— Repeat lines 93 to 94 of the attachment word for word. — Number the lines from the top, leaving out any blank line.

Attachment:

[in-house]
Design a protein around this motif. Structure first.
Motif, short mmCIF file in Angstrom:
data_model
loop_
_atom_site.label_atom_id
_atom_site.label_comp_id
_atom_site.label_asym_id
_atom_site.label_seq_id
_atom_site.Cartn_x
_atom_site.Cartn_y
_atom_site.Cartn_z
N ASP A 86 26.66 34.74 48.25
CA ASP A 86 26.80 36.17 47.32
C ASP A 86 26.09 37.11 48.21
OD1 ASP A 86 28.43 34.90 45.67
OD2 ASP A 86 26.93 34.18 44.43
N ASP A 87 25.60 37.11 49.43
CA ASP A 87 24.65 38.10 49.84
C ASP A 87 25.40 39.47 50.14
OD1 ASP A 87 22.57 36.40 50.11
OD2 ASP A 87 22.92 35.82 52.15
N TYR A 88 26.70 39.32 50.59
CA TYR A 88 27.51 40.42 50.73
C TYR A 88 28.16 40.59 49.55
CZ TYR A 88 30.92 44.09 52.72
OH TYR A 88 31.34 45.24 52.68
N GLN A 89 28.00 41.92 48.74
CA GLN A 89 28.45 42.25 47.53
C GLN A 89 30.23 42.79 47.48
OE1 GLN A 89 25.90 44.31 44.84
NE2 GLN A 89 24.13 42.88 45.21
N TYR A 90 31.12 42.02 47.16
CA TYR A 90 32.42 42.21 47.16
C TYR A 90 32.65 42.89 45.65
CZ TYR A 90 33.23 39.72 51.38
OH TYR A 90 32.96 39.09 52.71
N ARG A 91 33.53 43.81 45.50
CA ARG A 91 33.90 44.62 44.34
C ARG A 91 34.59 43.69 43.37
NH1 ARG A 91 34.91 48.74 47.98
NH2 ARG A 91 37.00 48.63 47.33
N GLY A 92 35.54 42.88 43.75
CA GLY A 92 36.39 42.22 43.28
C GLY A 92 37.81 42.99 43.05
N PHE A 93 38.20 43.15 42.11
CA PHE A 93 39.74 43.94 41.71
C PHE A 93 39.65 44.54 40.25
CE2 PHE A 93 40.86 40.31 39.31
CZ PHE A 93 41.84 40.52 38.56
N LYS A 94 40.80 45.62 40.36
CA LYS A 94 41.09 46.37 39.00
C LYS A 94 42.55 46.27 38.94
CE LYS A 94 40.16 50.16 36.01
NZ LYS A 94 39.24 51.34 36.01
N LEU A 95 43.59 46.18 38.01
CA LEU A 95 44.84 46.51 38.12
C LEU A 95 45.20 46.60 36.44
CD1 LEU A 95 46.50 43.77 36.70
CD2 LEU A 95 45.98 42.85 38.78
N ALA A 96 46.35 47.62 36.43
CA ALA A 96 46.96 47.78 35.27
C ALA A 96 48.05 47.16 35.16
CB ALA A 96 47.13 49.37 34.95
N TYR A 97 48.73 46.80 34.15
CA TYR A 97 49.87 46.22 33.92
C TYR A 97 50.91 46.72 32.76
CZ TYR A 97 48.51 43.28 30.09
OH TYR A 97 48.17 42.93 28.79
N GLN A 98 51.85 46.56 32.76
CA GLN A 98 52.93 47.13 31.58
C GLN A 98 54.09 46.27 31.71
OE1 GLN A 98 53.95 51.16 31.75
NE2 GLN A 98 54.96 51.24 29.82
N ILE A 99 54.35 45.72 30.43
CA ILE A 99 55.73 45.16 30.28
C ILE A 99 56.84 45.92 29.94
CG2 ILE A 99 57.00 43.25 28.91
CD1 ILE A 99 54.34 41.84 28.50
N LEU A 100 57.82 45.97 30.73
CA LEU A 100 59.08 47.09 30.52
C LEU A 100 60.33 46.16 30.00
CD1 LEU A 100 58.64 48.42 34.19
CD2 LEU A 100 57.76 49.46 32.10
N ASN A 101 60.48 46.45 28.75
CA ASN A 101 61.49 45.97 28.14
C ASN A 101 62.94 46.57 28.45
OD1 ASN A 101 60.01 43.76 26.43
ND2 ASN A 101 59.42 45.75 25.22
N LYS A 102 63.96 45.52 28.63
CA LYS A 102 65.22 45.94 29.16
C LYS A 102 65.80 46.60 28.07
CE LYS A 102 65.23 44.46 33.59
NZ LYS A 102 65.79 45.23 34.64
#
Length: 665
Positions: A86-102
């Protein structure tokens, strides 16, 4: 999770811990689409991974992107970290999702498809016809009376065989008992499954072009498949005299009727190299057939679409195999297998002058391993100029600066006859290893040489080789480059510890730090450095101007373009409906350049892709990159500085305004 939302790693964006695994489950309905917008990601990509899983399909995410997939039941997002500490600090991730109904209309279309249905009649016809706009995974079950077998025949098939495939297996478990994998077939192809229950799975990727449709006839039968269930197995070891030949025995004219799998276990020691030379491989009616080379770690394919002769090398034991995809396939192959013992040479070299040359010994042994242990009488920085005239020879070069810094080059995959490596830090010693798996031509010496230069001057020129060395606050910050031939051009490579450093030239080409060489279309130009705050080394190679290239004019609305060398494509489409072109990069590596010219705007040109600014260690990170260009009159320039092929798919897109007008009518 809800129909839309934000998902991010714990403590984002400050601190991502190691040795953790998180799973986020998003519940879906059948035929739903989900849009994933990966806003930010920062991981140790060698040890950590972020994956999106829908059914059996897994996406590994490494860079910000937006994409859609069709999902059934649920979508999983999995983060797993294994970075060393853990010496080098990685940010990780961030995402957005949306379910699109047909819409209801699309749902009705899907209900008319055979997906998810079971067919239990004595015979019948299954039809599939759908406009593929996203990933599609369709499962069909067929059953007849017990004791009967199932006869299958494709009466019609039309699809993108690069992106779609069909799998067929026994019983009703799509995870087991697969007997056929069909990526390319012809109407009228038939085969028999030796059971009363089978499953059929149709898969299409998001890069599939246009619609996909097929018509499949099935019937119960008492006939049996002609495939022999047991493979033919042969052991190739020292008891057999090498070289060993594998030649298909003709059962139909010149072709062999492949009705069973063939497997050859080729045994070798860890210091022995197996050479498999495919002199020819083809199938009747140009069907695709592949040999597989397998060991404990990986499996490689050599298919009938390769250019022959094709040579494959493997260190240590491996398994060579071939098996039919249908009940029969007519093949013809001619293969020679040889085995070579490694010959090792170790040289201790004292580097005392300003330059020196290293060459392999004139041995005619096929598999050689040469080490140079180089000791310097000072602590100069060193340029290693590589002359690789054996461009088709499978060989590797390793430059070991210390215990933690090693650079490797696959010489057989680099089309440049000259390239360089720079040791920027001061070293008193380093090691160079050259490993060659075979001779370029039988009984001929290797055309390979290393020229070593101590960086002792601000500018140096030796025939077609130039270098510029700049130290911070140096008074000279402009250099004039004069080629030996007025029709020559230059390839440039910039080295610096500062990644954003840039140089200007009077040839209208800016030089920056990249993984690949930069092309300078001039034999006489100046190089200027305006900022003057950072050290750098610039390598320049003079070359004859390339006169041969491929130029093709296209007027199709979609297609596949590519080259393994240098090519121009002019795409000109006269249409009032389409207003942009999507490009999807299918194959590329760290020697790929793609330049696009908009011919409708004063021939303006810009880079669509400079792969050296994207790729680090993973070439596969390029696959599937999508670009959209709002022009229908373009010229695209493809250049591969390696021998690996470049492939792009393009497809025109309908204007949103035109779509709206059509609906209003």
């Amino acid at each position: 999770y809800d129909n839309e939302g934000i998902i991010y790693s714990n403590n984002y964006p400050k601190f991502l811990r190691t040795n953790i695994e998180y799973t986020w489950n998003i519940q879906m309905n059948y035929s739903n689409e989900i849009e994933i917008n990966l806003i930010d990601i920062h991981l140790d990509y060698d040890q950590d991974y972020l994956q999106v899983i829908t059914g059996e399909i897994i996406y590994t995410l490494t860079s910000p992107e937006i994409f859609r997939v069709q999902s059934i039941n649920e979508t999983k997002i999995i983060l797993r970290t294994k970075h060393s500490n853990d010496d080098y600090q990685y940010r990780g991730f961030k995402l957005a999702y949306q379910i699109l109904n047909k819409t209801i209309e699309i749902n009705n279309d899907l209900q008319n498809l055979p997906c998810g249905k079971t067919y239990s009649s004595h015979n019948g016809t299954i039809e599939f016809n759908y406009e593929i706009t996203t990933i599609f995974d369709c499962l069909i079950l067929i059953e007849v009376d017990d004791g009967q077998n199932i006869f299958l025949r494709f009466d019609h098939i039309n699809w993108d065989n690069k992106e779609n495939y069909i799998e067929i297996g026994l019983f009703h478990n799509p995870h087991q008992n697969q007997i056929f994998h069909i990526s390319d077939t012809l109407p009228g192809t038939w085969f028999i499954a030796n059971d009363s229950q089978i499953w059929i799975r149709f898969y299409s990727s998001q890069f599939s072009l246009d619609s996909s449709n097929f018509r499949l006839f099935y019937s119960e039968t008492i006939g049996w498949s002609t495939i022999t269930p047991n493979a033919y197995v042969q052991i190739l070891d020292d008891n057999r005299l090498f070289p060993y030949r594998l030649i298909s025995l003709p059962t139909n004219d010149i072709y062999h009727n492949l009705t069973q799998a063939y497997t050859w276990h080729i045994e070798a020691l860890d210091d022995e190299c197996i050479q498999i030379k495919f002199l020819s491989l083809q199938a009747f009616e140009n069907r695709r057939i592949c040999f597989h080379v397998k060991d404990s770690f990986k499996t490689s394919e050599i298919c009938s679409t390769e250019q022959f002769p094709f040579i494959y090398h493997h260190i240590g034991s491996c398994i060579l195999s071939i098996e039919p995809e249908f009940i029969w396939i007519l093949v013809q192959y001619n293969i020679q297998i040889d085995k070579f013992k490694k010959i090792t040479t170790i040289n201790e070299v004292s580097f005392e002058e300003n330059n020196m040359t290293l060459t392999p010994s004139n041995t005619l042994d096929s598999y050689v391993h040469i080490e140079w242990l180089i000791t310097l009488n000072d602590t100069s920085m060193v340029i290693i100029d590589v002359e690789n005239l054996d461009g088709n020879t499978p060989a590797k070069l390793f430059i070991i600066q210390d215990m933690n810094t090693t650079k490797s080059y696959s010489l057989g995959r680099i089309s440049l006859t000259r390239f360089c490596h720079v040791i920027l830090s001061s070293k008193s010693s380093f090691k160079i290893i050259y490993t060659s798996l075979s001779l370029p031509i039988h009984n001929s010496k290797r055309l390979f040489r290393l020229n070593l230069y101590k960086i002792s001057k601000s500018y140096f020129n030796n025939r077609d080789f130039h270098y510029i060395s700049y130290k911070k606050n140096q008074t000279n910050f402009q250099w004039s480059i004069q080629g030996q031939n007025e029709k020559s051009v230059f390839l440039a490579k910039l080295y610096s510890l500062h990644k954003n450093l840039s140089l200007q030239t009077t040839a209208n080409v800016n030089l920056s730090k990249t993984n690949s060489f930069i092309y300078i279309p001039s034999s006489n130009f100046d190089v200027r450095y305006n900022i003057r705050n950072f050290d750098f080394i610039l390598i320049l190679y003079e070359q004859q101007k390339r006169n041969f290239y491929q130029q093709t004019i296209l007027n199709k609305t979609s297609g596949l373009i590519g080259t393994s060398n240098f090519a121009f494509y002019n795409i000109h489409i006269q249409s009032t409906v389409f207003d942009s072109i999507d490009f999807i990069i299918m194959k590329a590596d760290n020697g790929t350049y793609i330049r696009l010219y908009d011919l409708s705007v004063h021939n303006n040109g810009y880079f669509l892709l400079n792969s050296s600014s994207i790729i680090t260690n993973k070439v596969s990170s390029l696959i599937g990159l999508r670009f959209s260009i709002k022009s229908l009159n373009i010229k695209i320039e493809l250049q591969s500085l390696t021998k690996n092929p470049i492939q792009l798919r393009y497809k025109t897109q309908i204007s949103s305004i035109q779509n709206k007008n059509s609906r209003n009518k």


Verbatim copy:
CE LYS A 102 65.23 44.46 33.59
NZ LYS A 102 65.79 45.23 34.64